- Árbol que nace torcido, jamás su tronco endereza.
This means that if someone wasn’t raised properly, they will never change how they are.
Literal translation: Tree that is born crooked, its trunk will never straighten.
Its English version would be: A leopard can’t change its spots.
- Más sabe el diablo por viejo que por diablo.
Used to say that years give someone wisdom.
Literal translation: The devil knows more for being old than for being devil.
Its English version would be: With age comes wisdom.
- Al mal tiempo, buena cara.
This means that we all should stay positive even in the worst of times.
Literal translation: To bad weather, good face.
Its English version could be: Put on a brave face or look at the bright side.
- El que con lobos anda, a aullar se enseña.
Used to say that if you hang around with bad friendships or people, you’ll end up learning their behavior.
Literal translation: He who hangs with wolves, learns to howl.
Its English version is: If you lie down with dogs, you get up with fleas.
- A palabras necias, oídos sordos.
Used to say that you shouldn’t pay attention to negative comments, simply ignore them.
Literal translation: to foolish words, deaf ears.
Its English version would be: Turn a deaf ear.
- A la corta o a la larga, no hay matrero que no caiga.
This is particularly from Argentina, and it means that, at some point, criminals will pay for their acts.
Literal translation: Sooner or later, there is no outlaw that doesn’t fall.
- Cría cuervos y te sacarán los ojos.
Used to talk about people that you did a favor or some good for, but they’re not thankful. It can even be applied to kids; of how you raised them, and they grew up to be unthankful.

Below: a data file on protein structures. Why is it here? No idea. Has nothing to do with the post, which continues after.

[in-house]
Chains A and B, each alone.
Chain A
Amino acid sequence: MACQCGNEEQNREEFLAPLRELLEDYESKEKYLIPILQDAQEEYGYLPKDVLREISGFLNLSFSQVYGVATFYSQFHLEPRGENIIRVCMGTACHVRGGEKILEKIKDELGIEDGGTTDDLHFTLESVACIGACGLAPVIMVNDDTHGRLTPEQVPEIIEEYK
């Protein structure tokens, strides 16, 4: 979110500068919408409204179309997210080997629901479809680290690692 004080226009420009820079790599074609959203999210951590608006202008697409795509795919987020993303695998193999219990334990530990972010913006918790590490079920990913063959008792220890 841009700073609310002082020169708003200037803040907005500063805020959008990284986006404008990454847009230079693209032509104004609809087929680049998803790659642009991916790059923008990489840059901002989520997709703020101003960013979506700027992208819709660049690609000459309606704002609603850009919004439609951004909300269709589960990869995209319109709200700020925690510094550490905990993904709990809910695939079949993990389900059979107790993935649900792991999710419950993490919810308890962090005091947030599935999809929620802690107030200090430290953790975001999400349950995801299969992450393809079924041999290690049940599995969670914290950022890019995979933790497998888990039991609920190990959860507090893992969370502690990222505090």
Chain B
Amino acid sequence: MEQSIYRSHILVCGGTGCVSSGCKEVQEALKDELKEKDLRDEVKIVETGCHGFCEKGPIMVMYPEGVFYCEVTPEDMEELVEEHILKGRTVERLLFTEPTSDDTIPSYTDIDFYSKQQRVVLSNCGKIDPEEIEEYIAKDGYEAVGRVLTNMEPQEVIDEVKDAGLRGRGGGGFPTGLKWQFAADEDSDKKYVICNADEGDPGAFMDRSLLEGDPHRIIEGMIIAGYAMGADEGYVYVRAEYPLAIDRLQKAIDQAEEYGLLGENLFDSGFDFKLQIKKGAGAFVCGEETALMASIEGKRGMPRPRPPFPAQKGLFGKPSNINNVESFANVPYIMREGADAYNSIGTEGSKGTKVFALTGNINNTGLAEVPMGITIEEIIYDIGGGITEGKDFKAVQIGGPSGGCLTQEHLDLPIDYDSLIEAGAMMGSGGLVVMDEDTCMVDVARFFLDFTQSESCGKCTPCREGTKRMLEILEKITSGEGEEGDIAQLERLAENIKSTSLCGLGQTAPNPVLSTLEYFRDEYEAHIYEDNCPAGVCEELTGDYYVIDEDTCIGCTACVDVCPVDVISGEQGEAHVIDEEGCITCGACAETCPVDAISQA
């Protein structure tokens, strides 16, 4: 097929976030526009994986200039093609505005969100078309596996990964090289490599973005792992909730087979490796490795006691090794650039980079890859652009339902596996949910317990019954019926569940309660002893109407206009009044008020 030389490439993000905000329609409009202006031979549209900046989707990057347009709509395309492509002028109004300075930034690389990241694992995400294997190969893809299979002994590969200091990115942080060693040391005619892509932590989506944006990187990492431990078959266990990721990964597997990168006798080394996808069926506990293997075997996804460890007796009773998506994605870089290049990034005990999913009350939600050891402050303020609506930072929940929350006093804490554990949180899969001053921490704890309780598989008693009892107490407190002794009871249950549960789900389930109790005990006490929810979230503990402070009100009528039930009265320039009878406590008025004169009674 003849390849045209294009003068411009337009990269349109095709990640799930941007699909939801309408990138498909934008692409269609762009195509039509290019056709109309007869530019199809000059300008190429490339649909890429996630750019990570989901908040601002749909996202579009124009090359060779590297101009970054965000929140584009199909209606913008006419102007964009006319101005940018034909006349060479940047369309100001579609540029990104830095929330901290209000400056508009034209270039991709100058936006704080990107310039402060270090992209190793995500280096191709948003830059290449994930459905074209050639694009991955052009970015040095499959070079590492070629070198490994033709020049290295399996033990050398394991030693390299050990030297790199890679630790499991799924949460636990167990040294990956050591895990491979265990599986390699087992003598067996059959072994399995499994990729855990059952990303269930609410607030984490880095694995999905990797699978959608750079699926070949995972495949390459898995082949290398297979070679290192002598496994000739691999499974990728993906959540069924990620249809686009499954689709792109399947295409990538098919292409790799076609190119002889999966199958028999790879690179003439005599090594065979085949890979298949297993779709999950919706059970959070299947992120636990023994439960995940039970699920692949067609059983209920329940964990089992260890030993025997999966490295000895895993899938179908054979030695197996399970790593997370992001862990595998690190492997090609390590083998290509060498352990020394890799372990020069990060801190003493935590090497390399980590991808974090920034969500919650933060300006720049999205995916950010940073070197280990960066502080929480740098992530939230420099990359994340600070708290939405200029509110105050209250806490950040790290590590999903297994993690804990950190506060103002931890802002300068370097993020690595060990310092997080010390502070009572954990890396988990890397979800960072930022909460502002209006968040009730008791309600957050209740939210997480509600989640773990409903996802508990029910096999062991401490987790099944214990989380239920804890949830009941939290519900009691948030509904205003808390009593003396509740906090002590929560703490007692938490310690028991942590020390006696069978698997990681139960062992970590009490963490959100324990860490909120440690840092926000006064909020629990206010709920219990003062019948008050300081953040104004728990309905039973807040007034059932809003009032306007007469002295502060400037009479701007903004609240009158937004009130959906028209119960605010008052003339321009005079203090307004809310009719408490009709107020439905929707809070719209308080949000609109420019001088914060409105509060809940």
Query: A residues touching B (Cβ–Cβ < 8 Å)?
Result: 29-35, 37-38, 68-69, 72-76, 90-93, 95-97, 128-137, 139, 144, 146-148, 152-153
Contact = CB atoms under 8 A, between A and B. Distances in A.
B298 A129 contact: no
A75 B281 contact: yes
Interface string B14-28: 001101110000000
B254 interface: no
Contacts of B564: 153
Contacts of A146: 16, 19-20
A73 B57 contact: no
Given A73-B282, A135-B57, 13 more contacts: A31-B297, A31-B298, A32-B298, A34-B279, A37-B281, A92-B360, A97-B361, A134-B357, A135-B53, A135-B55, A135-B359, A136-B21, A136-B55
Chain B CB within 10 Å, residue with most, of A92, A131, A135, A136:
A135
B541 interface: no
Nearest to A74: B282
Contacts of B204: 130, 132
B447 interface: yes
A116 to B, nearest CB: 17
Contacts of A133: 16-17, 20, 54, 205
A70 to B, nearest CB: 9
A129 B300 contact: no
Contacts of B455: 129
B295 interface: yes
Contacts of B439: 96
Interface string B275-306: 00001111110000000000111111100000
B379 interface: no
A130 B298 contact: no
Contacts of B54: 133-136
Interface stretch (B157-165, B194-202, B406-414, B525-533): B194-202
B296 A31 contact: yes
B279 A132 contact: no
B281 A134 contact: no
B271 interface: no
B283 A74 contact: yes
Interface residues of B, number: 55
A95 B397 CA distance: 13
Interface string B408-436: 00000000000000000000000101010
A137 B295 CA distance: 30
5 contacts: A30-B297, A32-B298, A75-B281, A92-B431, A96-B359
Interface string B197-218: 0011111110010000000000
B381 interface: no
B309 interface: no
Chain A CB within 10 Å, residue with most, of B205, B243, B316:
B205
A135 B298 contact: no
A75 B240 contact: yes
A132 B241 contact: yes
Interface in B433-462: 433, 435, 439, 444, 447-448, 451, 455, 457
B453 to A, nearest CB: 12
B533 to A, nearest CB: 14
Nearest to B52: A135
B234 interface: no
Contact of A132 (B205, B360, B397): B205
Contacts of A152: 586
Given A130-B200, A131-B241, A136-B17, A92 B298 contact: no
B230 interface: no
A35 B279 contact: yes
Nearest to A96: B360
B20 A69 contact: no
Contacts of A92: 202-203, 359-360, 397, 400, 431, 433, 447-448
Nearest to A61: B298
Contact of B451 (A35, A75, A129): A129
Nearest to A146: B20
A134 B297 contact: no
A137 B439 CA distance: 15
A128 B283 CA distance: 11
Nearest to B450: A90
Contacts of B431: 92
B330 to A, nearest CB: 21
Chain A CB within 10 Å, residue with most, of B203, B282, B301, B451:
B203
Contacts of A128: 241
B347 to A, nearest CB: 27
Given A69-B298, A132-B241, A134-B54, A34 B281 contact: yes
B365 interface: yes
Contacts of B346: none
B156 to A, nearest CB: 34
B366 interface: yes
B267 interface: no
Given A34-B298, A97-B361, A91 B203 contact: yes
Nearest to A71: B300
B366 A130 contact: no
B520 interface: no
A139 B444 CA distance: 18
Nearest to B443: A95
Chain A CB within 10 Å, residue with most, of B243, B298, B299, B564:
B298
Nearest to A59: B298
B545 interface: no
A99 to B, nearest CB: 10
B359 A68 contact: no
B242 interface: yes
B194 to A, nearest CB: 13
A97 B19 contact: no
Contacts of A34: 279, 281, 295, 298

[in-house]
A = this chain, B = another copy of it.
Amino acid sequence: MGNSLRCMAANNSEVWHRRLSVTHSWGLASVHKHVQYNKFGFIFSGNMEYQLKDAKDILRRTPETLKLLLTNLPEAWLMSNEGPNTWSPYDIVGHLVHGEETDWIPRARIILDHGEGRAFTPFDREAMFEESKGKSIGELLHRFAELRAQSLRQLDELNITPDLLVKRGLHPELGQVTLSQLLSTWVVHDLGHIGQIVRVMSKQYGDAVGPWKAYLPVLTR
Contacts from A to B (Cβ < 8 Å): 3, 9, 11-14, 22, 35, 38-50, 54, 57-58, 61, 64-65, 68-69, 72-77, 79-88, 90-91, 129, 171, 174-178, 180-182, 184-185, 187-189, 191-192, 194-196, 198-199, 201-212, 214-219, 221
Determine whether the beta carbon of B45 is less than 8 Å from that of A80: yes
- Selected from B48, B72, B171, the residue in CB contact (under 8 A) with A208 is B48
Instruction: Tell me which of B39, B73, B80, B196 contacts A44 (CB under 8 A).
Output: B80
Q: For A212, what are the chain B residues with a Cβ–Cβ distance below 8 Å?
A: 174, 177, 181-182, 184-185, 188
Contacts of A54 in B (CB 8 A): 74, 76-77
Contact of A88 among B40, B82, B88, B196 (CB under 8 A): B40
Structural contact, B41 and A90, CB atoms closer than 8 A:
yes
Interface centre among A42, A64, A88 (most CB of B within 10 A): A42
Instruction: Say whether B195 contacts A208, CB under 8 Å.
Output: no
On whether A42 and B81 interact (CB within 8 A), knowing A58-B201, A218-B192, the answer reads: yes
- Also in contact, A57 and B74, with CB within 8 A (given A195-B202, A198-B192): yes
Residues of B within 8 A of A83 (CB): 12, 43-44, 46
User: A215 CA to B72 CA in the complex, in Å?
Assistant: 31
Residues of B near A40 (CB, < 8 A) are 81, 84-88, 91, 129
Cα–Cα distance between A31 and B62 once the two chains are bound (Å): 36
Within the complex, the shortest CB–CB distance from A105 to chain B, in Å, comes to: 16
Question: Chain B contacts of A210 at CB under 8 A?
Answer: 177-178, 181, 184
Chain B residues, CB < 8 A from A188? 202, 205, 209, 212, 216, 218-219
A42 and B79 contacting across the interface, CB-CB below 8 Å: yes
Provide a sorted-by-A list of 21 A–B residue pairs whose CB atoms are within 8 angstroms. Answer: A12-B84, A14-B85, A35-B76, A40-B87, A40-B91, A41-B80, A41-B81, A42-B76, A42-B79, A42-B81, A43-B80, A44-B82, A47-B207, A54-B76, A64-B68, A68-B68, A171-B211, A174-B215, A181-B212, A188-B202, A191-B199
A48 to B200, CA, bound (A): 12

Literal translation: Raise crows, and they’ll poke out your eyes.
Its English version could be: Raise no more devils that you can lay down.
- Aunque la mona se vista de seda, mona se queda.
This means that even if someone changes their external appearance and looks good if his/her personality is ugly, he/she will keep being that way.
Literal translation: Although the monkey dresses in silk, it stays a monkey.
Its English version could be: You can’t make a silk purse out of a sow’s ear.
- El valiente vive hasta que el cobarde quiere.
It means that people that bully others are going to keep doing it until the bullied defends himself. It encourages people to speak up.
Literal translation: The brave man lives until the coward wants.
- No por mucho madrugar amanece más temprano.
Used to say that you shouldn’t rush things, they will happen at their moment. In the end, we can’t change the time.
Literal translation: Not for getting up early it dawns earlier.
Its English version is: The sun is not hurried by early risers.
- Lo que no has de poder ver, en tu casa lo has de tener.
This means that if you criticize something too much, then you probably have it or will have it near you. For example: if you criticize someone’s attitude, someone close to you might have the same personality.
Literal translation: What you are not able to see, you shall have it in your house.